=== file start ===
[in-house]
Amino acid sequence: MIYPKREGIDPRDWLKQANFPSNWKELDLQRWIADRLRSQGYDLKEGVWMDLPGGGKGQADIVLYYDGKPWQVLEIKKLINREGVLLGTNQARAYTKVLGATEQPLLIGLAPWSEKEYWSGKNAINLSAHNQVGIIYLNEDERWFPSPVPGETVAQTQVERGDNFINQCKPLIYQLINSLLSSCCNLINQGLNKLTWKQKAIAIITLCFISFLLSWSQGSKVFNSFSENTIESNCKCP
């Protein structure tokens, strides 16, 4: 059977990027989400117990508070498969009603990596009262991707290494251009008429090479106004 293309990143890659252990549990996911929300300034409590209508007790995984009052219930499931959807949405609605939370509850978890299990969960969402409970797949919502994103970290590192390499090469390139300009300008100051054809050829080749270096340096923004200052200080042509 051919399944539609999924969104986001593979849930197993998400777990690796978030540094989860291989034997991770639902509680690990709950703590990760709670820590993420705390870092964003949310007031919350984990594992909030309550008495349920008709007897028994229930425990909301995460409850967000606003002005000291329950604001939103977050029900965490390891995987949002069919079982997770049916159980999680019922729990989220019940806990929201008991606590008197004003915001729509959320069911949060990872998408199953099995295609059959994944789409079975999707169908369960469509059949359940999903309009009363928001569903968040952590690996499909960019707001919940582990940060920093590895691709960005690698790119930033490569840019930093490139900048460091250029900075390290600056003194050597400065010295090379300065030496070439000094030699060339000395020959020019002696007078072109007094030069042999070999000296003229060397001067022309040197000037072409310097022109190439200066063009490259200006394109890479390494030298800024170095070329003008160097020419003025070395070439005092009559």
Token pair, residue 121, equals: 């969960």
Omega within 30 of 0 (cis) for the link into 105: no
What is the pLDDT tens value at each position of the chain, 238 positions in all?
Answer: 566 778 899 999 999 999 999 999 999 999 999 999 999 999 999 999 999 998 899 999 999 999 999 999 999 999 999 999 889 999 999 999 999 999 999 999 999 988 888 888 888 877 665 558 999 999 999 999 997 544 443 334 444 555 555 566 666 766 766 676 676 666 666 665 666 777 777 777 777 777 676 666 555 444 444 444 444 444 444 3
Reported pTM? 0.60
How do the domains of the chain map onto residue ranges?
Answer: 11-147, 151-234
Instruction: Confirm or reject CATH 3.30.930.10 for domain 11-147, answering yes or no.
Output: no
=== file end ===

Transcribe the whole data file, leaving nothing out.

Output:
[in-house]
Amino acid sequence: MIYPKREGIDPRDWLKQANFPSNWKELDLQRWIADRLRSQGYDLKEGVWMDLPGGGKGQADIVLYYDGKPWQVLEIKKLINREGVLLGTNQARAYTKVLGATEQPLLIGLAPWSEKEYWSGKNAINLSAHNQVGIIYLNEDERWFPSPVPGETVAQTQVERGDNFINQCKPLIYQLINSLLSSCCNLINQGLNKLTWKQKAIAIITLCFISFLLSWSQGSKVFNSFSENTIESNCKCP
């Protein structure tokens, strides 16, 4: 059977990027989400117990508070498969009603990596009262991707290494251009008429090479106004 293309990143890659252990549990996911929300300034409590209508007790995984009052219930499931959807949405609605939370509850978890299990969960969402409970797949919502994103970290590192390499090469390139300009300008100051054809050829080749270096340096923004200052200080042509 051919399944539609999924969104986001593979849930197993998400777990690796978030540094989860291989034997991770639902509680690990709950703590990760709670820590993420705390870092964003949310007031919350984990594992909030309550008495349920008709007897028994229930425990909301995460409850967000606003002005000291329950604001939103977050029900965490390891995987949002069919079982997770049916159980999680019922729990989220019940806990929201008991606590008197004003915001729509959320069911949060990872998408199953099995295609059959994944789409079975999707169908369960469509059949359940999903309009009363928001569903968040952590690996499909960019707001919940582990940060920093590895691709960005690698790119930033490569840019930093490139900048460091250029900075390290600056003194050597400065010295090379300065030496070439000094030699060339000395020959020019002696007078072109007094030069042999070999000296003229060397001067022309040197000037072409310097022109190439200066063009490259200006394109890479390494030298800024170095070329003008160097020419003025070395070439005092009559």
Token pair, residue 121, equals: 């969960």
Omega within 30 of 0 (cis) for the link into 105: no
What is the pLDDT tens value at each position of the chain, 238 positions in all?
Answer: 566 778 899 999 999 999 999 999 999 999 999 999 999 999 999 999 999 998 899 999 999 999 999 999 999 999 999 999 889 999 999 999 999 999 999 999 999 988 888 888 888 877 665 558 999 999 999 999 997 544 443 334 444 555 555 566 666 766 766 676 676 666 666 665 666 777 777 777 777 777 676 666 555 444 444 444 444 444 444 3
Reported pTM? 0.60
How do the domains of the chain map onto residue ranges?
Answer: 11-147, 151-234
Instruction: Confirm or reject CATH 3.30.930.10 for domain 11-147, answering yes or no.
Output: no